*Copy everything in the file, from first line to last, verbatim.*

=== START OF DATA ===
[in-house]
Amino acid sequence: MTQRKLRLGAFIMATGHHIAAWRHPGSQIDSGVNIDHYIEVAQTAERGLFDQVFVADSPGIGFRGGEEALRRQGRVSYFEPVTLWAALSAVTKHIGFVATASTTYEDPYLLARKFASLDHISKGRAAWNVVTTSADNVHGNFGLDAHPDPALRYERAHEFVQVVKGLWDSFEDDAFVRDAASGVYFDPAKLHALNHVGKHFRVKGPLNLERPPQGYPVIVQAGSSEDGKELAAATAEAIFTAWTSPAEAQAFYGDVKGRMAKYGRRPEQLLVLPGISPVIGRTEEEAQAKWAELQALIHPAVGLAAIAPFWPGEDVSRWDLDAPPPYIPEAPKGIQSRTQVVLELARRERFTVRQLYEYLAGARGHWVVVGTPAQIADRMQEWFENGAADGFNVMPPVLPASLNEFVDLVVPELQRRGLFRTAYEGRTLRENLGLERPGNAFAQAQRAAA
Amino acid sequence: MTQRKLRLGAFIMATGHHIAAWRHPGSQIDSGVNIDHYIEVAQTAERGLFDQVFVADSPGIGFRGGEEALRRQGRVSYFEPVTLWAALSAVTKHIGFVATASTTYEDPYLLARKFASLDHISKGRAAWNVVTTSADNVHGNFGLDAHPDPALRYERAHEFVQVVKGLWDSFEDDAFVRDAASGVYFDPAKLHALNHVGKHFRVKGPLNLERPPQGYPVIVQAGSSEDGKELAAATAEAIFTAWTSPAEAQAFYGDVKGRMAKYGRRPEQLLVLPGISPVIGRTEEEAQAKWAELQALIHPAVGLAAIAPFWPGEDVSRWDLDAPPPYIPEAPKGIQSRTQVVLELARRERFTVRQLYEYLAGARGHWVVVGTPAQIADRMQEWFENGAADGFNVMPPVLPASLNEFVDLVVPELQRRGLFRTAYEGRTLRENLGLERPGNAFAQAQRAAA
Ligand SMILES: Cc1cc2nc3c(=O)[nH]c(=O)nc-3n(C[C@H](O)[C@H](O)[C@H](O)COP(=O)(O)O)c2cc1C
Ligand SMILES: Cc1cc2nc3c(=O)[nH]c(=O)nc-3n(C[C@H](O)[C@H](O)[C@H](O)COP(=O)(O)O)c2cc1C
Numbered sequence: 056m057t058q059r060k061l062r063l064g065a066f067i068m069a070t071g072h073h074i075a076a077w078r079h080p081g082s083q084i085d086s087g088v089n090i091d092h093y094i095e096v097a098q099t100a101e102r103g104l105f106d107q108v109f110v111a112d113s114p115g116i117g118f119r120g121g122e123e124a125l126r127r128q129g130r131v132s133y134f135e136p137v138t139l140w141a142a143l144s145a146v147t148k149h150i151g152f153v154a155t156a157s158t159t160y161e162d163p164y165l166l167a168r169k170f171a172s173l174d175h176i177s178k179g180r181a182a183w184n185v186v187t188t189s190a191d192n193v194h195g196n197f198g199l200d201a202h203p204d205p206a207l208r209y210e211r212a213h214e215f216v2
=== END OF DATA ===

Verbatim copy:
[in-house]
Amino acid sequence: MTQRKLRLGAFIMATGHHIAAWRHPGSQIDSGVNIDHYIEVAQTAERGLFDQVFVADSPGIGFRGGEEALRRQGRVSYFEPVTLWAALSAVTKHIGFVATASTTYEDPYLLARKFASLDHISKGRAAWNVVTTSADNVHGNFGLDAHPDPALRYERAHEFVQVVKGLWDSFEDDAFVRDAASGVYFDPAKLHALNHVGKHFRVKGPLNLERPPQGYPVIVQAGSSEDGKELAAATAEAIFTAWTSPAEAQAFYGDVKGRMAKYGRRPEQLLVLPGISPVIGRTEEEAQAKWAELQALIHPAVGLAAIAPFWPGEDVSRWDLDAPPPYIPEAPKGIQSRTQVVLELARRERFTVRQLYEYLAGARGHWVVVGTPAQIADRMQEWFENGAADGFNVMPPVLPASLNEFVDLVVPELQRRGLFRTAYEGRTLRENLGLERPGNAFAQAQRAAA
Amino acid sequence: MTQRKLRLGAFIMATGHHIAAWRHPGSQIDSGVNIDHYIEVAQTAERGLFDQVFVADSPGIGFRGGEEALRRQGRVSYFEPVTLWAALSAVTKHIGFVATASTTYEDPYLLARKFASLDHISKGRAAWNVVTTSADNVHGNFGLDAHPDPALRYERAHEFVQVVKGLWDSFEDDAFVRDAASGVYFDPAKLHALNHVGKHFRVKGPLNLERPPQGYPVIVQAGSSEDGKELAAATAEAIFTAWTSPAEAQAFYGDVKGRMAKYGRRPEQLLVLPGISPVIGRTEEEAQAKWAELQALIHPAVGLAAIAPFWPGEDVSRWDLDAPPPYIPEAPKGIQSRTQVVLELARRERFTVRQLYEYLAGARGHWVVVGTPAQIADRMQEWFENGAADGFNVMPPVLPASLNEFVDLVVPELQRRGLFRTAYEGRTLRENLGLERPGNAFAQAQRAAA
Ligand SMILES: Cc1cc2nc3c(=O)[nH]c(=O)nc-3n(C[C@H](O)[C@H](O)[C@H](O)COP(=O)(O)O)c2cc1C
Ligand SMILES: Cc1cc2nc3c(=O)[nH]c(=O)nc-3n(C[C@H](O)[C@H](O)[C@H](O)COP(=O)(O)O)c2cc1C
Numbered sequence: 056m057t058q059r060k061l062r063l064g065a066f067i068m069a070t071g072h073h074i075a076a077w078r079h080p081g082s083q084i085d086s087g088v089n090i091d092h093y094i095e096v097a098q099t100a101e102r103g104l105f106d107q108v109f110v111a112d113s114p115g116i117g118f119r120g121g122e123e124a125l126r127r128q129g130r131v132s133y134f135e136p137v138t139l140w141a142a143l144s145a146v147t148k149h150i151g152f153v154a155t156a157s158t159t160y161e162d163p164y165l166l167a168r169k170f171a172s173l174d175h176i177s178k179g180r181a182a183w184n185v186v187t188t189s190a191d192n193v194h195g196n197f198g199l200d201a202h203p204d205p206a207l208r209y210e211r212a213h214e215f216v2